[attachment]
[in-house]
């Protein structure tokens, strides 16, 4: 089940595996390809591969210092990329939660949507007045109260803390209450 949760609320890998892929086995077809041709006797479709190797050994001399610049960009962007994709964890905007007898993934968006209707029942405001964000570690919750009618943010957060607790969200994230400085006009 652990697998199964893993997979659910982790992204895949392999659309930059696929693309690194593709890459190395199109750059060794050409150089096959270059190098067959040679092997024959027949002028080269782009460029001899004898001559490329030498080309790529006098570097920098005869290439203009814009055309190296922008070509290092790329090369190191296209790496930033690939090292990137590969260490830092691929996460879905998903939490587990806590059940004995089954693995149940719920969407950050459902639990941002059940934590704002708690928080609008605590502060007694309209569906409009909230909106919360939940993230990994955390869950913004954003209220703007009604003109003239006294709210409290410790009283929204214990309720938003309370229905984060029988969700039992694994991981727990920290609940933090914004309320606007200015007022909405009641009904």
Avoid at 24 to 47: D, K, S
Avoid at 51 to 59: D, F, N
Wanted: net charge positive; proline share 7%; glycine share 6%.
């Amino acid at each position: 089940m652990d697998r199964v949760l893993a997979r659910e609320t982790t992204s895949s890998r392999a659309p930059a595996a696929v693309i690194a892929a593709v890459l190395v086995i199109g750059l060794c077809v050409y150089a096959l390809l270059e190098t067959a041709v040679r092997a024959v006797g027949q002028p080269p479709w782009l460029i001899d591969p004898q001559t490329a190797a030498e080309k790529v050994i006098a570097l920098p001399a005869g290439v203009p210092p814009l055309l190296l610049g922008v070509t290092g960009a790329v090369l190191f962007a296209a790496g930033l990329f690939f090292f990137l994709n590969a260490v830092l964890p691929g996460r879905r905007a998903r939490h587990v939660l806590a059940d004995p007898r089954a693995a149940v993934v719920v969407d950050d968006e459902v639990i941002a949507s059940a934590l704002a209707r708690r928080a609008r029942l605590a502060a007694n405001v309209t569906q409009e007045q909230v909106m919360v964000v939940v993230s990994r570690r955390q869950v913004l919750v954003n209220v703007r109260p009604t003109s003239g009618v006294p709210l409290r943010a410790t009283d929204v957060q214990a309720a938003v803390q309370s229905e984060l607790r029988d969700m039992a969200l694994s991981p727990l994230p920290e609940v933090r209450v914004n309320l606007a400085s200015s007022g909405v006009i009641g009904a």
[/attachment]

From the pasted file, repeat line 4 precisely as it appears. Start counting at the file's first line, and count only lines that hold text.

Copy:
Avoid at 51 to 59: D, F, N